The therapeutic sport that's helping combat stress

Many men and women across this nation have discovered the ancient art and have fell in love with the individual satisfaction that this sport can provide


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Before the first American Military Soldier ever donned a uniform, America’s original warriors, the Native American Braves spent much of their time on the range honing their archery skills for future hunts and battles. The ancient battle weapon system known as the bow and arrow still thrives in modern day culture. The advent of the compound bow over the past thirty years has bolstered the popularity of archery.

Many men and women across this nation have discovered the ancient art and have fell in love with the individual satisfaction that this sport can provide. Those that haven’t experienced the mastery of the flight of the arrow may not know is the calming sense that fills you’re soul produced by the mental focus needed to relax your mind and body before every release of the bow string. Modern day military soldiers, wounded veterans and charitable support groups such as the Active Heroes Retreat Center and Camp Cuervo Archery Club have discovered the therapeutic benefits of archery which tend to increase healing to all soldiers, veterans and wounded warriors.   

Archery requires many attributes that soldering demands such as discipline, focus, frequent training, fitness and clarity of the mind for absolute situational awareness. As the archer develops his skills, the constant desire to succeed takes a hold of the Warrior and the journey that never ends begins.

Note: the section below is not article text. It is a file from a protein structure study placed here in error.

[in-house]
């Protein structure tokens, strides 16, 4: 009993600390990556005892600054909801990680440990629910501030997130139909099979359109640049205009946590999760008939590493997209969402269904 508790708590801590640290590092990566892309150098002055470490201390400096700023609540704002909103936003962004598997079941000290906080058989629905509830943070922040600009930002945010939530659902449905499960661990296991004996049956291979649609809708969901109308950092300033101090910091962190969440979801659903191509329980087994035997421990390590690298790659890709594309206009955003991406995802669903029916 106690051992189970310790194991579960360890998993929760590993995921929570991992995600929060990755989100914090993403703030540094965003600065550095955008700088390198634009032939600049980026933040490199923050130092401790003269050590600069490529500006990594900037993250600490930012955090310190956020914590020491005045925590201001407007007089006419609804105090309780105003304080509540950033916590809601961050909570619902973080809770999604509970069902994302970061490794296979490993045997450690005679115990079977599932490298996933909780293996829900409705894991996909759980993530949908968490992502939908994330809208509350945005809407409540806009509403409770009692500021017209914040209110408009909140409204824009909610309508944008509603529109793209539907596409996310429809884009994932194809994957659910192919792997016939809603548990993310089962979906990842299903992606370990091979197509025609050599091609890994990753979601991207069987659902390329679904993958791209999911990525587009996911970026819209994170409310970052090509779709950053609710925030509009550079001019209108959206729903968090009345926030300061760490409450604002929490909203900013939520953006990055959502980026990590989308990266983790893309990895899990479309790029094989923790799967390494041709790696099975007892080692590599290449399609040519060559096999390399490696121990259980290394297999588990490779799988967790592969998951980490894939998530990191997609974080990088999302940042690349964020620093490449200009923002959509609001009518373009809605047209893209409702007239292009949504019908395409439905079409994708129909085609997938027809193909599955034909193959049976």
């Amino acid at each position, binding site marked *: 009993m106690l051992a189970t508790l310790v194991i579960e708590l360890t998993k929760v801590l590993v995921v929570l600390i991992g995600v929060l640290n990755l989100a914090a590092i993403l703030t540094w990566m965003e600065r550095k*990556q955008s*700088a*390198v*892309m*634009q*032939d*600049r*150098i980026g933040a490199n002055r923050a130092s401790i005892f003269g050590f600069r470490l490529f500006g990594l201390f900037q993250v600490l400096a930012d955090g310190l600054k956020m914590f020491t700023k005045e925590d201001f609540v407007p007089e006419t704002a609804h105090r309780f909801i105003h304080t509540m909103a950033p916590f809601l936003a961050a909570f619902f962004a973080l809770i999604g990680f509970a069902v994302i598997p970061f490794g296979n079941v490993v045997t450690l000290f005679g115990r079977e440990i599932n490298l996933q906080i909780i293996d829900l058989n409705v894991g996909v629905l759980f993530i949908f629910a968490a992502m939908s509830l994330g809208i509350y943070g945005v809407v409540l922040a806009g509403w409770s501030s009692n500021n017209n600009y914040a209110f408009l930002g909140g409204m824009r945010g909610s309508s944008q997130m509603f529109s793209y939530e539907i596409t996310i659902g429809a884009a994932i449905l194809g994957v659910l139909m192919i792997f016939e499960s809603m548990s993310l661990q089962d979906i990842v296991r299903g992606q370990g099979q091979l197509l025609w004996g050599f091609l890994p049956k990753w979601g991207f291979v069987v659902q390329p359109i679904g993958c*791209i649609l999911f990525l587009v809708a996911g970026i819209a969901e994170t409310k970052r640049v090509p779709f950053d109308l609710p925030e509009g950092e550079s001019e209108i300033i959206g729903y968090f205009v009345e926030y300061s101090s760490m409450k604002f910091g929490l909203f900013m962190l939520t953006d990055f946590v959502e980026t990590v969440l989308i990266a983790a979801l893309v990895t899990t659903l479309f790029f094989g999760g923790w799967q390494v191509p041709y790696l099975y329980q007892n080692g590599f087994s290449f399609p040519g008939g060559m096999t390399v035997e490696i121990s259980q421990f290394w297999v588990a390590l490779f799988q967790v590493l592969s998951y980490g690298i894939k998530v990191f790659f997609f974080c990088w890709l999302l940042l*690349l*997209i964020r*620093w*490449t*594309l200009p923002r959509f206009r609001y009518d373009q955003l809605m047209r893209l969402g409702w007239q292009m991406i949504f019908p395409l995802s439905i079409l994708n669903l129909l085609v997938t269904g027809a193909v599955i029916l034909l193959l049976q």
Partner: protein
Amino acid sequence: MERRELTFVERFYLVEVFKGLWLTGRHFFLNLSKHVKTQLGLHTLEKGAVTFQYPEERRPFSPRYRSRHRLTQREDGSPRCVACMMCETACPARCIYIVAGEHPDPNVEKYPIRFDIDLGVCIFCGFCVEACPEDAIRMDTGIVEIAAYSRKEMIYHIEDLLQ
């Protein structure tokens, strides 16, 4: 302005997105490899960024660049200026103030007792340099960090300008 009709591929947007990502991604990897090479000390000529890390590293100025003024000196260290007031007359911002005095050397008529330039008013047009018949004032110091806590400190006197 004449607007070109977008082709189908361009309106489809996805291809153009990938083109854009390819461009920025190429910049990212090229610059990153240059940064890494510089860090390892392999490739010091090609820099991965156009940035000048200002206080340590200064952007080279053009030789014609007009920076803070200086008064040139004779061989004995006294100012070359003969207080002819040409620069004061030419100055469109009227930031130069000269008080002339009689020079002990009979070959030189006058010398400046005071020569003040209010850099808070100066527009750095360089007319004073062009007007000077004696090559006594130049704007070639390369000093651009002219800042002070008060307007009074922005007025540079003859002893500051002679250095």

Army Sgt. Josh Leavitt releases an arrow at a target on the base archery range during the 19th annual Military Appreciation Picnic and Arctic Warrior Olympics. (U.S. Air Force photo/Justin Connaher)
Army Sgt. Josh Leavitt releases an arrow at a target on the base archery range during the 19th annual Military Appreciation Picnic and Arctic Warrior Olympics. (U.S. Air Force photo/Justin Connaher)

I have been involved with archery for almost thirty five years now. During my military service and law enforcement career, archery has been the only constant (outside of family) that has remained in my life. I can remember shooting archery back on Fort Wood and spending time in a tree stand, when we weren’t deployed. My partner and I would hit the archery range, (when he wasn’t on the trail), to shoot and check out the latest gear.

While serving in law enforcement, there was always a target in my back yard and bow equipment lying around in the house. My two boys were raised with a bow and arrow in-hand, the oldest doing well with competition shooting and my youngest crazy over traditional archery as he makes his own long bows and traditional gear. What I never realized is during the past three decades, archery has provided me therapy and a release. Until recently, I didn’t realize the therapeutic effect archery has had on me, until my club “Gilberts Sportsman’s Club” in Michigan, donated money to Camp Cuervo Archery Club for its mission to support our troops. It was then I realized that all along archery was providing me with a self-healing therapy throughout my professional career.